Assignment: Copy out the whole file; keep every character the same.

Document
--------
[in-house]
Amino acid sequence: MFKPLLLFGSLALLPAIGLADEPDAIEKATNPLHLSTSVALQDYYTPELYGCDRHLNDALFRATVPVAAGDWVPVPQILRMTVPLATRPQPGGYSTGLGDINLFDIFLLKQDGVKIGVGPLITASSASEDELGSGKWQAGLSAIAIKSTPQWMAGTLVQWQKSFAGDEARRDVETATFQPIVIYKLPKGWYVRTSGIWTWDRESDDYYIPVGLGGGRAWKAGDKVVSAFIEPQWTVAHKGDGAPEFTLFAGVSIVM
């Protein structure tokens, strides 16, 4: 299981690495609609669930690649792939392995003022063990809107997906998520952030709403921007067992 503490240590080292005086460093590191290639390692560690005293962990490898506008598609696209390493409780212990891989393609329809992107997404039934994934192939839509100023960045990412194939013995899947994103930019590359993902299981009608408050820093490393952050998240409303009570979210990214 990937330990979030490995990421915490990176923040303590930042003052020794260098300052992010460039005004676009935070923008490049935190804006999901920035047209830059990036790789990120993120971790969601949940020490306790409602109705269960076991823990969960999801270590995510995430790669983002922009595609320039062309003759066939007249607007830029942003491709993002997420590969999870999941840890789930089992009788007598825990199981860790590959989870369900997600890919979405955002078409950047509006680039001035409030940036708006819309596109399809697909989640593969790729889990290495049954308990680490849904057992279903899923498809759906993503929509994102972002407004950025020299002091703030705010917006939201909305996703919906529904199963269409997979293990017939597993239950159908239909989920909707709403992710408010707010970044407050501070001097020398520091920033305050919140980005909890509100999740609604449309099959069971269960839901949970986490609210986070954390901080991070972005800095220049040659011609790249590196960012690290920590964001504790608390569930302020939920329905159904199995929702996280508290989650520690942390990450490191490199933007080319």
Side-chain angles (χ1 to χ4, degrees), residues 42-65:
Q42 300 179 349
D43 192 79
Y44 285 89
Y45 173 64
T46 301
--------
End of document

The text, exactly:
[in-house]
Amino acid sequence: MFKPLLLFGSLALLPAIGLADEPDAIEKATNPLHLSTSVALQDYYTPELYGCDRHLNDALFRATVPVAAGDWVPVPQILRMTVPLATRPQPGGYSTGLGDINLFDIFLLKQDGVKIGVGPLITASSASEDELGSGKWQAGLSAIAIKSTPQWMAGTLVQWQKSFAGDEARRDVETATFQPIVIYKLPKGWYVRTSGIWTWDRESDDYYIPVGLGGGRAWKAGDKVVSAFIEPQWTVAHKGDGAPEFTLFAGVSIVM
């Protein structure tokens, strides 16, 4: 299981690495609609669930690649792939392995003022063990809107997906998520952030709403921007067992 503490240590080292005086460093590191290639390692560690005293962990490898506008598609696209390493409780212990891989393609329809992107997404039934994934192939839509100023960045990412194939013995899947994103930019590359993902299981009608408050820093490393952050998240409303009570979210990214 990937330990979030490995990421915490990176923040303590930042003052020794260098300052992010460039005004676009935070923008490049935190804006999901920035047209830059990036790789990120993120971790969601949940020490306790409602109705269960076991823990969960999801270590995510995430790669983002922009595609320039062309003759066939007249607007830029942003491709993002997420590969999870999941840890789930089992009788007598825990199981860790590959989870369900997600890919979405955002078409950047509006680039001035409030940036708006819309596109399809697909989640593969790729889990290495049954308990680490849904057992279903899923498809759906993503929509994102972002407004950025020299002091703030705010917006939201909305996703919906529904199963269409997979293990017939597993239950159908239909989920909707709403992710408010707010970044407050501070001097020398520091920033305050919140980005909890509100999740609604449309099959069971269960839901949970986490609210986070954390901080991070972005800095220049040659011609790249590196960012690290920590964001504790608390569930302020939920329905159904199995929702996280508290989650520690942390990450490191490199933007080319």
Side-chain angles (χ1 to χ4, degrees), residues 42-65:
Q42 300 179 349
D43 192 79
Y44 285 89
Y45 173 64
T46 301